Investments for the Future

Government spending is higher than ever, financed by debt that is higher than ever, but government is not doing the right things and not doing things right. According to a recent article on NPR’s “Talk of the Nation” the percentage of the federal spending that goes to investment, things like infrastructure, basic research, education, investment in our future are decreased from about 32% fifty years ago to less than half, only about 15% today. Meanwhile transfer payments from one set of Americans to another went from about 14% in 1962 to 46% today. If current trends continue, we will be spending 61% on these kinds of payments by 2030. We are eating the seed-corn, spending now on the consumption of current generations instead of investing in our country’s future.

I love government and think that our Federal government is one of the most sublime inventions of mankind. But it has gotten out of balance. We used to build big things like Hoover Dam. Today we argue about who gets more of the growing debt-financed pie. We used to invest in things that would make us greater, richer, smarter and healthier in the future. Today we take what we can from the Federal trough. A great president told us to ask not what our country can do for us, but rather what we can do for our country. Today politicians openly pander to the parochial interests of particular groups, and many voters proudly sell their votes for benefits real and imagined to be bestowed by politicians.

As president Obama points out, we need government to ensure our well-being, but we don't need so much of it. The difference between a life giving medicine and a deadly position is often in the dosage. Or to switch metaphors, a hungry person loves a good meal. But if he doesn't stop when he has enough, he becomes a fat slob, demanding ever more, enjoying it less and destroying his health in the process. We are overfed with government.

My generation, the baby boomers, will need to rediscover that patriotism often involves self-restraint. We need to demand less of government and more of ourselves. Social security is a type of insurance against being needy in old age. It should never have become and entitlement. I have insurance against fire for my house. I hope I never need to use it and if I get through my life w/o having my house burn down, I will NOT use it. I don't expect the insurance company to build me a new house unless mine is destroyed.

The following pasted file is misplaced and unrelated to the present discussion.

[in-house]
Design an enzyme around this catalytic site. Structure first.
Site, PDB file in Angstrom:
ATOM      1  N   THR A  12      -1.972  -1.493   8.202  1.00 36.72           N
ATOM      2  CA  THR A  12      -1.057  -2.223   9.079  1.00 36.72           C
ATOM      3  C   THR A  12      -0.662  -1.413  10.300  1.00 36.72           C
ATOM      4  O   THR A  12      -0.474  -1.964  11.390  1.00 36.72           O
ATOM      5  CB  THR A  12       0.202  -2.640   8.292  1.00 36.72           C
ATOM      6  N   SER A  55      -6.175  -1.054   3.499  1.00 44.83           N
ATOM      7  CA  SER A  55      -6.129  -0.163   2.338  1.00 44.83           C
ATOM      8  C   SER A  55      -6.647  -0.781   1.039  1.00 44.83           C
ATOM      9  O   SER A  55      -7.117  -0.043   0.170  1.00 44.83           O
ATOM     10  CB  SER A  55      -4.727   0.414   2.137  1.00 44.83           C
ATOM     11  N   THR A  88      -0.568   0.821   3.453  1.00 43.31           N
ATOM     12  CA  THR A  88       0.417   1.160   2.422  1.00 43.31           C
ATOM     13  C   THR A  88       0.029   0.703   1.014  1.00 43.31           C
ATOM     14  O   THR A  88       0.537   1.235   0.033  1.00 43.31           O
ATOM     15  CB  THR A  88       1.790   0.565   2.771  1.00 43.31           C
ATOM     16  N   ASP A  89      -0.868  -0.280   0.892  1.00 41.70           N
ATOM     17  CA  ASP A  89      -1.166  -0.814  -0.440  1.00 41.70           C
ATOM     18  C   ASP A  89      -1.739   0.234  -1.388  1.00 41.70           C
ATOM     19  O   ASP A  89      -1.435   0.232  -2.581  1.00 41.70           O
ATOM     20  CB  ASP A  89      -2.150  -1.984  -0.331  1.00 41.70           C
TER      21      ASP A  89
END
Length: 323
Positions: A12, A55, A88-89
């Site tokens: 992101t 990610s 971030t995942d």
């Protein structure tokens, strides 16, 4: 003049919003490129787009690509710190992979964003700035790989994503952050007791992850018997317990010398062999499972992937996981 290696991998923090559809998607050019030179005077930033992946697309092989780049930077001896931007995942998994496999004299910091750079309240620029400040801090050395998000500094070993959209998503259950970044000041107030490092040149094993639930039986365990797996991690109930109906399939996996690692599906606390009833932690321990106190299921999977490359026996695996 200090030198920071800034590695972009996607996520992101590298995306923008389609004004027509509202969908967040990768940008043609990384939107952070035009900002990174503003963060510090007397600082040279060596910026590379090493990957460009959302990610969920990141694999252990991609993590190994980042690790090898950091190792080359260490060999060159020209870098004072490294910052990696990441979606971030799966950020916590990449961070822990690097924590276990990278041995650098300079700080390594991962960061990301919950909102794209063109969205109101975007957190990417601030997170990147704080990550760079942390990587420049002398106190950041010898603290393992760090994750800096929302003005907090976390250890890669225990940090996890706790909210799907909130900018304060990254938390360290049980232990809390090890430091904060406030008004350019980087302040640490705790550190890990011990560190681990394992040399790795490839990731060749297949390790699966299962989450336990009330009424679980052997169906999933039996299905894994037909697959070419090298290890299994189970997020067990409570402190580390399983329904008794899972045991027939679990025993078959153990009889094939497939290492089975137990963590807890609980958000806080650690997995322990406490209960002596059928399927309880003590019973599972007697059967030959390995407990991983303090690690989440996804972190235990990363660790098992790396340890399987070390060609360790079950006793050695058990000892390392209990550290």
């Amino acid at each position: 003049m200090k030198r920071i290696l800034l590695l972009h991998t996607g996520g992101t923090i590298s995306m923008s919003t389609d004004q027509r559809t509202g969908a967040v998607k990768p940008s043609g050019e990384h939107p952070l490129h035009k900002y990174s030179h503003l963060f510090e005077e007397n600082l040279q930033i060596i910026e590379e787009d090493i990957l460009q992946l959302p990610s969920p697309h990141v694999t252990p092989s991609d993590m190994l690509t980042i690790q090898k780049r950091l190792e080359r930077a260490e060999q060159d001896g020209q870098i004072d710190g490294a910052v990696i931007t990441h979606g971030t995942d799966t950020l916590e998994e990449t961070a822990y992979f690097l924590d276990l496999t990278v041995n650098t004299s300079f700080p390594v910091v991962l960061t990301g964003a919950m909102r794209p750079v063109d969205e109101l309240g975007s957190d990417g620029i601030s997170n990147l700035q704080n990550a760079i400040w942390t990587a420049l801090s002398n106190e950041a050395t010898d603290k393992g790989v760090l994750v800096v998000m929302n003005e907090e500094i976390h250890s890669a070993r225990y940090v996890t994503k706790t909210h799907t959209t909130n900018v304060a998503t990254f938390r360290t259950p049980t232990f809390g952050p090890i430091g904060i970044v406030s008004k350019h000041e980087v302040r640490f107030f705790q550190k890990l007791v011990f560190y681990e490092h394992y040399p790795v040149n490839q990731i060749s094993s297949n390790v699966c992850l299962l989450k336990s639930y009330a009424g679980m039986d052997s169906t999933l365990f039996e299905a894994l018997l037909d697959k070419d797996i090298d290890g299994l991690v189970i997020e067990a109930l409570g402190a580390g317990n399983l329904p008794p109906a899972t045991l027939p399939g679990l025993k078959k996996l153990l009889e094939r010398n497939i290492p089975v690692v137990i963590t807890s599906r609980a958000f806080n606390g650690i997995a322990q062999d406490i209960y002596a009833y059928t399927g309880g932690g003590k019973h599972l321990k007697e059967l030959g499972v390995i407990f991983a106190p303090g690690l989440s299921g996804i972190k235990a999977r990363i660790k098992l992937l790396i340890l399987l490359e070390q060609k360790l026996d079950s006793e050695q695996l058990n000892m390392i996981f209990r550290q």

Social Security was meant as a supplement, not an income. SS was not sufficient to live comfortably because you were not supposed to need it for that. It would top-up your savings and investments made over a lifetime. Those improvident or unlucky not to have saved enough to support themselves in my old age depend on SS but should not expect to be as well-off as someone who worked harder, saved more and maybe was luckier. There is a certain amount of shame associated with needing to call on the help of others to satisfy things you should do for yourself.

President Obama is right when he says that we are all in this together. He is also right when he says that not everyone is doing their fair share, but he is sometimes wrong in identifying the freeloaders. We should rather look to who takes more from our country than he gives and who gives more than he gets in direct benefits. Government needs to get back more in the business of creating conditions that allow for the greater benefits of all Americans, things that are wealth creating, and scale back on things that just move wealth around.

Posted by Christine & John at August 1, 2012 9:35 PM
Comment #349825

As a black man who built a business, without the help of the government, I must say, I see the winds of change coming to America:

“The Coalition of African American Pastors (CAAP) announced at the National Press Club on Tuesday that the grassroots group - comprised of the more than 3,000 members - is a launching a national campaign to support marriage between one man and one woman and to oppose the Obama administration’s efforts to advance same-sex marriage.

“The time has come for a broad-based assault against the power that be that wants to change our culture to one of men marrying men and women marrying women,” CAAP President William Owens said at the press conference, held to announce the Marriage Mandate campaign, which includes a petition seeking 100,000 signatures pledging support for traditional marriage.